Matt 6:24 . . No one can serve two masters. Either he will hate the one and love
the other, or he will be devoted to the one and despise the other.

Luke 14:26 . . If anyone comes to me and does not hate his father and mother,
his wife and children, his brothers and sisters-- yes, even his own life --he cannot
be my disciple.

The verb agapao is employed several times in the 13th, 14th, and 15th chapters of
John's gospel relative to Jesus and his apostles, and relative to the apostles among

But then Jesus asked Peter:

John 21:17 . . Simon, do you love me?

That time "love" is translated from the Greek verb phileo which is a very different
kind of love than agapao.

Well, the thing is: agapao is more or less impersonal; whereas phileo is just the
opposite. It's an affectionate, bonding kind of love felt among best friends, lovers,
and kinfolk.

In other words: Peter wasn't asked what he thought of Jesus, rather, how he felt
about him, viz: Jesus' question was: Peter; do you like me?

Of course Jesus already knew how Peter felt about him, but Jesus wasn't satisfied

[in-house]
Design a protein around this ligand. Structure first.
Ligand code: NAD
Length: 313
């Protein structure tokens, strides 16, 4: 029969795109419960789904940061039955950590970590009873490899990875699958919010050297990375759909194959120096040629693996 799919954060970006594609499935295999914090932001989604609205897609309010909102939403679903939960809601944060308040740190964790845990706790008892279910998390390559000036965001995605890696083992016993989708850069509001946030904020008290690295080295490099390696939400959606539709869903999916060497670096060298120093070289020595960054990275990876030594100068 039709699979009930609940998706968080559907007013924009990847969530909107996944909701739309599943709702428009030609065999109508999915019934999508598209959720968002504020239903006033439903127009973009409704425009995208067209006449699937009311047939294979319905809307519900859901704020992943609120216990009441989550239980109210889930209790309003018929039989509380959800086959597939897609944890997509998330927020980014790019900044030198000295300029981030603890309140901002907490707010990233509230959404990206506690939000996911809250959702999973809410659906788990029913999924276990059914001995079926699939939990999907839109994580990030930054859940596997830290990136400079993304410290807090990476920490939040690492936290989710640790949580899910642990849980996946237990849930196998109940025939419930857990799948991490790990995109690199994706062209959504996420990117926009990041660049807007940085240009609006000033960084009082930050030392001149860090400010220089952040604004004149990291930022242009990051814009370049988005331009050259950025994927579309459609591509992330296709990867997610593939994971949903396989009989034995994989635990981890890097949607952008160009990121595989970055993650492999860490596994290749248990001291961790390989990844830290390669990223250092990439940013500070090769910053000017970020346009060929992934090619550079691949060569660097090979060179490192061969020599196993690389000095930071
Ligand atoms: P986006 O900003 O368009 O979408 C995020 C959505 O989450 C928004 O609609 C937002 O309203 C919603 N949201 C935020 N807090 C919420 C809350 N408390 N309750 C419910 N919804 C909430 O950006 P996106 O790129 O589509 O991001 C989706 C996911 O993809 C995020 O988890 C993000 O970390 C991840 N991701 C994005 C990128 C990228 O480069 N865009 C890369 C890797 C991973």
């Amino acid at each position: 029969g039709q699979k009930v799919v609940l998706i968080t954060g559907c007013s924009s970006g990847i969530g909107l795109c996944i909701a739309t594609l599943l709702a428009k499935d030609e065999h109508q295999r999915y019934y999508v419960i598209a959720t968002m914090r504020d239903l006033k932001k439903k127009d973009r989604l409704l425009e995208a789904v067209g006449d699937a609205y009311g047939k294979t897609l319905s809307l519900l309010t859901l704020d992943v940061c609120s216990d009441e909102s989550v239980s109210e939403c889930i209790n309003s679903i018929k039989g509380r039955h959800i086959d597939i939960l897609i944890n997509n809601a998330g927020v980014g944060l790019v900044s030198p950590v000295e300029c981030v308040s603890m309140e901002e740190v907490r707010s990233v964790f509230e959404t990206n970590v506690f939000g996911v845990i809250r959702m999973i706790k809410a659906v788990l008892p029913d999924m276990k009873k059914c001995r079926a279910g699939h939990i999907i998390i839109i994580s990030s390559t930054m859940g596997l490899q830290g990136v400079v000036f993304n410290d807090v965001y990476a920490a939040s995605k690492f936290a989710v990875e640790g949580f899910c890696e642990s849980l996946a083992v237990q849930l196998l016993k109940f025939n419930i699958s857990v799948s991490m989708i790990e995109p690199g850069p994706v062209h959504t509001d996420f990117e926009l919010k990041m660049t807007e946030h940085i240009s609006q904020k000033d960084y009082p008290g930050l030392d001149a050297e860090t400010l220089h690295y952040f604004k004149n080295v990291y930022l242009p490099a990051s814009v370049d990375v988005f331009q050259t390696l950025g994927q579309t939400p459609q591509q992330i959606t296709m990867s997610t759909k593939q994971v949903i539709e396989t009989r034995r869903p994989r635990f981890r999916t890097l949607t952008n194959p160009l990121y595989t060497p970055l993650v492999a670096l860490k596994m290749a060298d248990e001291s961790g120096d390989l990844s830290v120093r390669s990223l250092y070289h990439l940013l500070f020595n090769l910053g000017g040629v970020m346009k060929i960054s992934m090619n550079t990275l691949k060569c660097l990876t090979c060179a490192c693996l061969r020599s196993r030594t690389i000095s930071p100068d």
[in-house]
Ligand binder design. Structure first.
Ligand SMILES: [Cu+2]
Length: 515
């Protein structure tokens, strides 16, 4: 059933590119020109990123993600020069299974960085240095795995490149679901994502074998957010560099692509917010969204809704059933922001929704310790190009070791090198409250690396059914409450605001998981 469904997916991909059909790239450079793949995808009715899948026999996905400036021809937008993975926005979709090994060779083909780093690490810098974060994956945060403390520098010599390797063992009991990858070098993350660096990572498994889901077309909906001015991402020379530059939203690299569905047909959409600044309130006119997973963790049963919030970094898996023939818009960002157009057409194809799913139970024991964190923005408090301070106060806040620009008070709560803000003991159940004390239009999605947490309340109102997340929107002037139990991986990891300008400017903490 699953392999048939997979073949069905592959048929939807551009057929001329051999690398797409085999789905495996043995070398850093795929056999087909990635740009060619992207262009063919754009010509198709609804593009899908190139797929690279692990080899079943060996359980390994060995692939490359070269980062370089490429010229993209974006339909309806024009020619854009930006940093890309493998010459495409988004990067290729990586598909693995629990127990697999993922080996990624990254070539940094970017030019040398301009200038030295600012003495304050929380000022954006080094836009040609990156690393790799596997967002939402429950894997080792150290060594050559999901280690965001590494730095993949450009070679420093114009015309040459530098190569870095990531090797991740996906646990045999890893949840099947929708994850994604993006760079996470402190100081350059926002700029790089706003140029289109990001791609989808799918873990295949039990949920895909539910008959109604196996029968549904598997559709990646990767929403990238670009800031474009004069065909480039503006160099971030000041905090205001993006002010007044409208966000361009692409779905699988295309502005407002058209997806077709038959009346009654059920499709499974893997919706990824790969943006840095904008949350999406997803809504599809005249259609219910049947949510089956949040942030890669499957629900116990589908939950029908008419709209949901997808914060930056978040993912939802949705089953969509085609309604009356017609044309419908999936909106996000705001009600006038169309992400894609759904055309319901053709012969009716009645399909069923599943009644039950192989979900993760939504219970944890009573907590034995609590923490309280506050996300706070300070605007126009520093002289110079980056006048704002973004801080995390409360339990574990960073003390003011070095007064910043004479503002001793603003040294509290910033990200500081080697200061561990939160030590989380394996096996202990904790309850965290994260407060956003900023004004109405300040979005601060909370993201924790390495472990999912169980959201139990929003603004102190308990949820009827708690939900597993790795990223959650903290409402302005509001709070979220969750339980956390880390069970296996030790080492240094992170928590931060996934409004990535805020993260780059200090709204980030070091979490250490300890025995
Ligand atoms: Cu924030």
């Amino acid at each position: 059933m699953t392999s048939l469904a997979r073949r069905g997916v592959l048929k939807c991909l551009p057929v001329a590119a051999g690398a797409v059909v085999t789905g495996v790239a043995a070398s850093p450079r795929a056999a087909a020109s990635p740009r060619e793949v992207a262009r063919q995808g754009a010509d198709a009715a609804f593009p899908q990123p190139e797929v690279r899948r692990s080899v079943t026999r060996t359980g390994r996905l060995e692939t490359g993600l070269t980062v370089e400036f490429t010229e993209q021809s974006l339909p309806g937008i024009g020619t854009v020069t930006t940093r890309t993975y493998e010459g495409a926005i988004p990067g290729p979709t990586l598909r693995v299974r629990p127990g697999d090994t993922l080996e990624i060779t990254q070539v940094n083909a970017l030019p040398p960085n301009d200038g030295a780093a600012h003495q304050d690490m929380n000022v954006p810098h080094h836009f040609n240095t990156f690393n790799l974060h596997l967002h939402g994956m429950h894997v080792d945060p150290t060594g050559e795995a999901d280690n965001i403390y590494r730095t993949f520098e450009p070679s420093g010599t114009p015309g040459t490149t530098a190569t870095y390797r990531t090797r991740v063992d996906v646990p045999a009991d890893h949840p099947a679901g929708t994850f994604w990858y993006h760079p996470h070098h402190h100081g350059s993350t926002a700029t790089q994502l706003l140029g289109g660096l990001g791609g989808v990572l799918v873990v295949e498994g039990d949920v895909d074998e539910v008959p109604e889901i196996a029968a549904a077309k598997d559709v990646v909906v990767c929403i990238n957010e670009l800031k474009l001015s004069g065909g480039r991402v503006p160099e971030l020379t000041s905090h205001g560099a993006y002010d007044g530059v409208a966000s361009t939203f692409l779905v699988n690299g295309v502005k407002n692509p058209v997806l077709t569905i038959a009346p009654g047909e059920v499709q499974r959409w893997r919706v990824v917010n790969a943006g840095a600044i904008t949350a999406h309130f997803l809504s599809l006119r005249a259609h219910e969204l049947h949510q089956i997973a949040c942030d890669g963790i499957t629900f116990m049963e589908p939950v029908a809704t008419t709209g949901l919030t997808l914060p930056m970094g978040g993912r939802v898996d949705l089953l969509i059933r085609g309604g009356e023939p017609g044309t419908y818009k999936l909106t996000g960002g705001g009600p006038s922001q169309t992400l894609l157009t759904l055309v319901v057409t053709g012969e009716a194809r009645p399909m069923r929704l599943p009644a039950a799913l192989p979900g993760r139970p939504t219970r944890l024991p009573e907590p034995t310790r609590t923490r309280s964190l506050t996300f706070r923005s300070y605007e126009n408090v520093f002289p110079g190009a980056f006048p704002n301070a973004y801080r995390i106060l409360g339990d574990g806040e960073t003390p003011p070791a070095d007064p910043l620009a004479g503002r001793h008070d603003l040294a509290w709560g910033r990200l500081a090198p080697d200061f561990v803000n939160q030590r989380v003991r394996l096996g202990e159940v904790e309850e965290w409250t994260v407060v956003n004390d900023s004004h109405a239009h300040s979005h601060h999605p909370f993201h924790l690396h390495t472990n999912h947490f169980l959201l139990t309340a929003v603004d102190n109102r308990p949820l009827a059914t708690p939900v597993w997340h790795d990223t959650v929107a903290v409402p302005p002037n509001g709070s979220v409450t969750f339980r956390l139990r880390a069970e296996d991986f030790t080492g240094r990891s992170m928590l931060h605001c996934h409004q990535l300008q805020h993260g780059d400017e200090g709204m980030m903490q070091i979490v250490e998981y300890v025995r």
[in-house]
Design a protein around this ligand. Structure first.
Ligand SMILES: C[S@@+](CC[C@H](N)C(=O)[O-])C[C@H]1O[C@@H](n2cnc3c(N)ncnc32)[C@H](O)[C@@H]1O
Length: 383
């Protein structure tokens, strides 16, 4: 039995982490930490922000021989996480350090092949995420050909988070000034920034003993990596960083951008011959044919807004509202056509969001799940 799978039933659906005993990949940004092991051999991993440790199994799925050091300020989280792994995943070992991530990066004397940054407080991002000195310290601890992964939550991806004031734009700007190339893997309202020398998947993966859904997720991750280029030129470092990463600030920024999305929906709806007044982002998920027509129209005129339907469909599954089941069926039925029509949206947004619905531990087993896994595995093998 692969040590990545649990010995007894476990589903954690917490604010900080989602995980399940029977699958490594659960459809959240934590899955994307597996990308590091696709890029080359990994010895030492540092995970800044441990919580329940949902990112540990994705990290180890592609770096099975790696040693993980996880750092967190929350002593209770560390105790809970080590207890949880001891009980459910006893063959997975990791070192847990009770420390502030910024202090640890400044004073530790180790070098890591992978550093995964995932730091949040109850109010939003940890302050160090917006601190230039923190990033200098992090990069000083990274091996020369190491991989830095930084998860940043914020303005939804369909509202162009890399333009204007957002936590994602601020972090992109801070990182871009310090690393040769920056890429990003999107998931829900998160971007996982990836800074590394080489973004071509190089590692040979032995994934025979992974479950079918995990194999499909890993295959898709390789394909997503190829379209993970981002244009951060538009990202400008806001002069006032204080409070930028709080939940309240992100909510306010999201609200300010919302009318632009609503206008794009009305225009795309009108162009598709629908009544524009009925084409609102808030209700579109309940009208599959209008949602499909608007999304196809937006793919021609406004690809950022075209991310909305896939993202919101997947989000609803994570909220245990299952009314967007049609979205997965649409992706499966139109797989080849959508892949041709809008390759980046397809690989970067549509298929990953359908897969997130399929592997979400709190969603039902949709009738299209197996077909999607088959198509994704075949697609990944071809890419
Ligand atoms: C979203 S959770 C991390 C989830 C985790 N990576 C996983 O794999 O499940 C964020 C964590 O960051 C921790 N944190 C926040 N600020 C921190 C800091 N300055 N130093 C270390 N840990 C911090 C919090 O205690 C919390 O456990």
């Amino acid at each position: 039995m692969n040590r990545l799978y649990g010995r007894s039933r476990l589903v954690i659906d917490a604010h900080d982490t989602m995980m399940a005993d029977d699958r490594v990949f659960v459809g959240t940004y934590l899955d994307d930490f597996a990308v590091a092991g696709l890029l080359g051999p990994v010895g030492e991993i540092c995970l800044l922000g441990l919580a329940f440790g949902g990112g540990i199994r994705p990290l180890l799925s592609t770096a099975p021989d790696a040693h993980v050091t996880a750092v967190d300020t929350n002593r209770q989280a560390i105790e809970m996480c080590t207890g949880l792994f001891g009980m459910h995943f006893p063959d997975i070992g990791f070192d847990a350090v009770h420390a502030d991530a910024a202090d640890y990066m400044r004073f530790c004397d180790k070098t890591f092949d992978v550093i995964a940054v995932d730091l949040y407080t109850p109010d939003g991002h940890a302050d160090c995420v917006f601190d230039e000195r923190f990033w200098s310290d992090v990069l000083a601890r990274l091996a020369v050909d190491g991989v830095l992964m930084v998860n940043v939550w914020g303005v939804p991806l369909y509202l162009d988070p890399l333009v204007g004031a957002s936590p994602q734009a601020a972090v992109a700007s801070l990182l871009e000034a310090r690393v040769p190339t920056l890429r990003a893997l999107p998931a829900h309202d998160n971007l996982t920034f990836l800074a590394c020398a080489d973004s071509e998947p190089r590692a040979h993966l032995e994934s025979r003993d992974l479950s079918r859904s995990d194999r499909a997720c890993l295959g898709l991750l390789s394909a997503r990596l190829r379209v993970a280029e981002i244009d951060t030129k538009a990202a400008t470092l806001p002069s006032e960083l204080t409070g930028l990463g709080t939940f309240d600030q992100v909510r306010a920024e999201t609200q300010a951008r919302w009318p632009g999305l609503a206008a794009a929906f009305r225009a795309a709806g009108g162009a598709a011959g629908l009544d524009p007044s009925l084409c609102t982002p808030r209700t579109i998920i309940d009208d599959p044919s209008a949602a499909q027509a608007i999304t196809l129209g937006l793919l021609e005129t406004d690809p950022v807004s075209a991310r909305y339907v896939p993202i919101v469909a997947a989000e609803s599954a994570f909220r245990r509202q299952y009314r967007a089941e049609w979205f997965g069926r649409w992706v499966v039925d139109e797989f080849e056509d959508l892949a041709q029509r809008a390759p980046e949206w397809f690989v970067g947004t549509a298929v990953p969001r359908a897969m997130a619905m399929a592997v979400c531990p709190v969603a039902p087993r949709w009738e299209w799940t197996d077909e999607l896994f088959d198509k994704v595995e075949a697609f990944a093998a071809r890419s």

with knowing; he wanted Peter to come out with it, and he did.

John 21:17 . . He said: Lord, you know all things; you know that I love you.

» I'd imagine that expressing his feelings for Jesus was difficult for a rugged blue collar guy like Peter. I worked as a
professional welder for 40 years in shipyards and shops. Not many of the men I worked alongside were comfortable
talking about their feelings for each other.

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FAQ: Why does Titus 2:4-5 expect phileo love from wives while Eph 5:25-33
expects agapao love from husbands?

A: Phileo is typically related to one's affections, whereas agapao is typically related
to one's actions.

For example in the Ephesians passage, a husband's love for his wife is expressed by
taking her under his wing, viz: by providence, i.e. by protecting and providing for